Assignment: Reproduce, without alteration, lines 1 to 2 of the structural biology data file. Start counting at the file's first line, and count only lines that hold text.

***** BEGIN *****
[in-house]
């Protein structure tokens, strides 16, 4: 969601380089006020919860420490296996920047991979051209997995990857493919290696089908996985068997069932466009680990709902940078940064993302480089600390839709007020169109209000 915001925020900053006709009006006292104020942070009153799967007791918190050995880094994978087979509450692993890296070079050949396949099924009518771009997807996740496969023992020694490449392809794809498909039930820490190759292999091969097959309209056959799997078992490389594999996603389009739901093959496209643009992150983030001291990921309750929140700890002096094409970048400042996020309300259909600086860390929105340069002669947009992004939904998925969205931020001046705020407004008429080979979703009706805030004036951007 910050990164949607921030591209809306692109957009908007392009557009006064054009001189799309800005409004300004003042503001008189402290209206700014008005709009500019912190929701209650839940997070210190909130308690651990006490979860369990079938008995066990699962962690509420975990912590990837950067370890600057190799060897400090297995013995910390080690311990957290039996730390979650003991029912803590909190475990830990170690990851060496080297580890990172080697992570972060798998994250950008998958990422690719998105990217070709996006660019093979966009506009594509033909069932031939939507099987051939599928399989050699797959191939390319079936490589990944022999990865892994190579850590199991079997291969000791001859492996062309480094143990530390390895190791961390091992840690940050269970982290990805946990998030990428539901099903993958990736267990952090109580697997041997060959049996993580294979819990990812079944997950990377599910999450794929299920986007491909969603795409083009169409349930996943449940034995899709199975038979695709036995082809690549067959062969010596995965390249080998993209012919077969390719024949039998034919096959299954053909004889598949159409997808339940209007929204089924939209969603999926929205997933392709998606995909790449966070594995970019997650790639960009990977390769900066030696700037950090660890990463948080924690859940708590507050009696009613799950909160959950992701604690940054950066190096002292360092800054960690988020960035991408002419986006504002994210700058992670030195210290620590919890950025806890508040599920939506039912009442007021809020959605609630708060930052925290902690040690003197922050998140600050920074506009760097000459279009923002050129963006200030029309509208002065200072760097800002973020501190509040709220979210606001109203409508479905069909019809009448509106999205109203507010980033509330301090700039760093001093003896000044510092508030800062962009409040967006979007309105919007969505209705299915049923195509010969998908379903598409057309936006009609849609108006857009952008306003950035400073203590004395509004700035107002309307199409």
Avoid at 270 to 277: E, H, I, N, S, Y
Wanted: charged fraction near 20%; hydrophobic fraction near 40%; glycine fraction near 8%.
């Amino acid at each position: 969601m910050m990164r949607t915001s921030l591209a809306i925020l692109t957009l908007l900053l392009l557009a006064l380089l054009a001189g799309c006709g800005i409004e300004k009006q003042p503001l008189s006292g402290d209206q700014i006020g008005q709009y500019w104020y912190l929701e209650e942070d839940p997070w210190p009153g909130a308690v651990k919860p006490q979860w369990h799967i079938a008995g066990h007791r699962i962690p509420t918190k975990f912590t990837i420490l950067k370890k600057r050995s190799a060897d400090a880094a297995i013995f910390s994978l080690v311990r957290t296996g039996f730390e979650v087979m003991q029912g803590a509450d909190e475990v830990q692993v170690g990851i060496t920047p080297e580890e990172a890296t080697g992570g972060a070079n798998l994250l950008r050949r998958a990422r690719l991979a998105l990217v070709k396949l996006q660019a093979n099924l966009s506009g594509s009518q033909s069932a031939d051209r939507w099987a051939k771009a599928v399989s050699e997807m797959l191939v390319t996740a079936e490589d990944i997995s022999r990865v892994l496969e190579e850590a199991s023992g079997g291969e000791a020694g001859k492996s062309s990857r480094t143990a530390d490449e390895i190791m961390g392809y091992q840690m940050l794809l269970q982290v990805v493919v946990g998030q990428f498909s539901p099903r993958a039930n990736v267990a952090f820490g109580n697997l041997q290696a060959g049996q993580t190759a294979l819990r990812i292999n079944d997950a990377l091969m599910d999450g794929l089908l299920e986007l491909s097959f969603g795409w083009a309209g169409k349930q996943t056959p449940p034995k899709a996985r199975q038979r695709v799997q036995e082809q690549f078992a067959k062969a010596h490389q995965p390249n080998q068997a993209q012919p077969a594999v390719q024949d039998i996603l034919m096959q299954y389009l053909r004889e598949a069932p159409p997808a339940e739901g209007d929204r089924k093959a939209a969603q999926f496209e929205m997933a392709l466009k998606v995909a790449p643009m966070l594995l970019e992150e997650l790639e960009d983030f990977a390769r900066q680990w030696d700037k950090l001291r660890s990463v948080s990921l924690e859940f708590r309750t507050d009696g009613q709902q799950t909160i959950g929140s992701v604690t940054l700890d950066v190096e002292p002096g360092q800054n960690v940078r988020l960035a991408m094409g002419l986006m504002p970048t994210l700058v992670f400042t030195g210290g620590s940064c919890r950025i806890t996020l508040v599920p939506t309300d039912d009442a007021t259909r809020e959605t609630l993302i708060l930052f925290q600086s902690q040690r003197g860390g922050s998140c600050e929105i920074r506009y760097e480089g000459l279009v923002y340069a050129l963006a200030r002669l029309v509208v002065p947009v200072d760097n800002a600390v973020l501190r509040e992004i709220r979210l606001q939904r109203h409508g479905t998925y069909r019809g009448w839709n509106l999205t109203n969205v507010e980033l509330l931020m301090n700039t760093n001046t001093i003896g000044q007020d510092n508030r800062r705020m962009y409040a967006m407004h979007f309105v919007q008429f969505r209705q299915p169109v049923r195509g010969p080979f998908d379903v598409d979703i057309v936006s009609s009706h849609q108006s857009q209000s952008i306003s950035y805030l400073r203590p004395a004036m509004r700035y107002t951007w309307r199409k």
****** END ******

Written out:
[in-house]
């Protein structure tokens, strides 16, 4: 969601380089006020919860420490296996920047991979051209997995990857493919290696089908996985068997069932466009680990709902940078940064993302480089600390839709007020169109209000 915001925020900053006709009006006292104020942070009153799967007791918190050995880094994978087979509450692993890296070079050949396949099924009518771009997807996740496969023992020694490449392809794809498909039930820490190759292999091969097959309209056959799997078992490389594999996603389009739901093959496209643009992150983030001291990921309750929140700890002096094409970048400042996020309300259909600086860390929105340069002669947009992004939904998925969205931020001046705020407004008429080979979703009706805030004036951007 910050990164949607921030591209809306692109957009908007392009557009006064054009001189799309800005409004300004003042503001008189402290209206700014008005709009500019912190929701209650839940997070210190909130308690651990006490979860369990079938008995066990699962962690509420975990912590990837950067370890600057190799060897400090297995013995910390080690311990957290039996730390979650003991029912803590909190475990830990170690990851060496080297580890990172080697992570972060798998994250950008998958990422690719998105990217070709996006660019093979966009506009594509033909069932031939939507099987051939599928399989050699797959191939390319079936490589990944022999990865892994190579850590199991079997291969000791001859492996062309480094143990530390390895190791961390091992840690940050269970982290990805946990998030990428539901099903993958990736267990952090109580697997041997060959049996993580294979819990990812079944997950990377599910999450794929299920986007491909969603795409083009169409349930996943449940034995899709199975038979695709036995082809690549067959062969010596995965390249080998993209012919077969390719024949039998034919096959299954053909004889598949159409997808339940209007929204089924939209969603999926929205997933392709998606995909790449966070594995970019997650790639960009990977390769900066030696700037950090660890990463948080924690859940708590507050009696009613799950909160959950992701604690940054950066190096002292360092800054960690988020960035991408002419986006504002994210700058992670030195210290620590919890950025806890508040599920939506039912009442007021809020959605609630708060930052925290902690040690003197922050998140600050920074506009760097000459279009923002050129963006200030029309509208002065200072760097800002973020501190509040709220979210606001109203409508479905069909019809009448509106999205109203507010980033509330301090700039760093001093003896000044510092508030800062962009409040967006979007309105919007969505209705299915049923195509010969998908379903598409057309936006009609849609108006857009952008306003950035400073203590004395509004700035107002309307199409």